Healthy Holiday Travel Tips

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When we think about holiday travel, it may seem like there are more reasons to stay home than to have an adventure. For many of us, the potential stress and possibility of getting sick during a time of year when we want to celebrate can give us pause in our planning. Don’t despair — the joys and excitement of holiday travel outweigh the negatives! While we can’t do much about the challenges of family dynamics or the busyness of airports and train stations, there are many things we can do to keep ourselves steady, thriving, and healthy while traveling during the busiest weeks of the year.

Photo by Queren King-Orozco

Stress and Susceptibility

There are two main reasons we tend to fall under the weather when we travel during the holidays. The first is the impact of cumulative and ongoing stress. Where do we see this? While there’s often a lot of joy and fun this time of year, it can be accompanied with an increase in sugar and alcohol, a change in schedule with more late nights, and increased personal interactions, especially if your holidays include family visits. The holidays can also create complex feelings for people who have mixed associations with the season, or those who find the financial aspects of gift-giving overwhelming. If you add travel on top of this, you’re looking at a reasonably high amount of holiday stress, even if everything goes perfectly.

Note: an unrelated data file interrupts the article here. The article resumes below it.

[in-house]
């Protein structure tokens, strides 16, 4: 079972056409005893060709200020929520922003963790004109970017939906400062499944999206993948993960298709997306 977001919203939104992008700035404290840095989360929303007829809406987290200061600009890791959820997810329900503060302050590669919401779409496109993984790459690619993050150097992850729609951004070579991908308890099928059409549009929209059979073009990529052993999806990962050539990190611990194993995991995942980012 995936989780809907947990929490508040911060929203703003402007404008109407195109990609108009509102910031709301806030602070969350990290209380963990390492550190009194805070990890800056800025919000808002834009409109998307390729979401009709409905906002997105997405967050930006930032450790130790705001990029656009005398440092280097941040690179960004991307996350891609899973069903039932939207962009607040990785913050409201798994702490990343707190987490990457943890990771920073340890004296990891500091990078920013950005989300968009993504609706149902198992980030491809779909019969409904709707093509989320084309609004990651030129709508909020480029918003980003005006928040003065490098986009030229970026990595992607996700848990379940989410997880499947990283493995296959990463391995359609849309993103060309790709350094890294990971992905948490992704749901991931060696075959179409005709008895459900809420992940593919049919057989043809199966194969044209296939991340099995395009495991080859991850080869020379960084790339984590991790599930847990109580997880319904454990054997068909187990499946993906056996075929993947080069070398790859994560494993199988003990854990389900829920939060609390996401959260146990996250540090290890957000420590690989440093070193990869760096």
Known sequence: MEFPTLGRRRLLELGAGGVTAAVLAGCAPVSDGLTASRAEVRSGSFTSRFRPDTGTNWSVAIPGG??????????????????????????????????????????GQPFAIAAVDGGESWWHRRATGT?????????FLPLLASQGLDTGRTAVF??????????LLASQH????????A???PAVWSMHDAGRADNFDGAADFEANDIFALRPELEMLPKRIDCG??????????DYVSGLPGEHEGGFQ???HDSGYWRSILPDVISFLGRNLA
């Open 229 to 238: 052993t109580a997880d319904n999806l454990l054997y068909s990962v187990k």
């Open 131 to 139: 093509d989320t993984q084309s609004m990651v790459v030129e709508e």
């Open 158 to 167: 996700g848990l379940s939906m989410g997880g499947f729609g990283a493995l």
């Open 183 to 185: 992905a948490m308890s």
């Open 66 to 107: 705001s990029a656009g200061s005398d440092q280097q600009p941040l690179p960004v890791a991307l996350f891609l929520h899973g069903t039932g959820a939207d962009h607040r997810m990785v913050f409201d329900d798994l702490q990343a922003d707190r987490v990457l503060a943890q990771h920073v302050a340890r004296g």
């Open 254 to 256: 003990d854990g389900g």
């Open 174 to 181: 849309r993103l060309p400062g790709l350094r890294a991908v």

The second reason for sickness is exposure to a greater variety of pathogens. It doesn’t take a science degree to know that sitting in close proximity to a large number of people and breathing recycled air for a long period of time can increase chances of exposure to organisms and pathogens. Our immune systems are readily prepared to deal with them, and general exposure for healthy individuals typically isn’t a problem. On an airplane, however, we might be exposed to something in greater concentration and for a longer duration, which can increase susceptibility. In a 2007 paper, one research group found that, on average, about 40 percent of airline passengers carried a pathogen after their flights. The majority of discovered pathogens were viral, and the most common were influenza and parainfluenza, followed by adenoviruses. Although this number is concerning, it’s worth noting that while 40 percent of these individuals were carriers, this study doesn’t indicate that they became ill, as being an asymptomatic carrier isn’t uncommon with respiratory infections.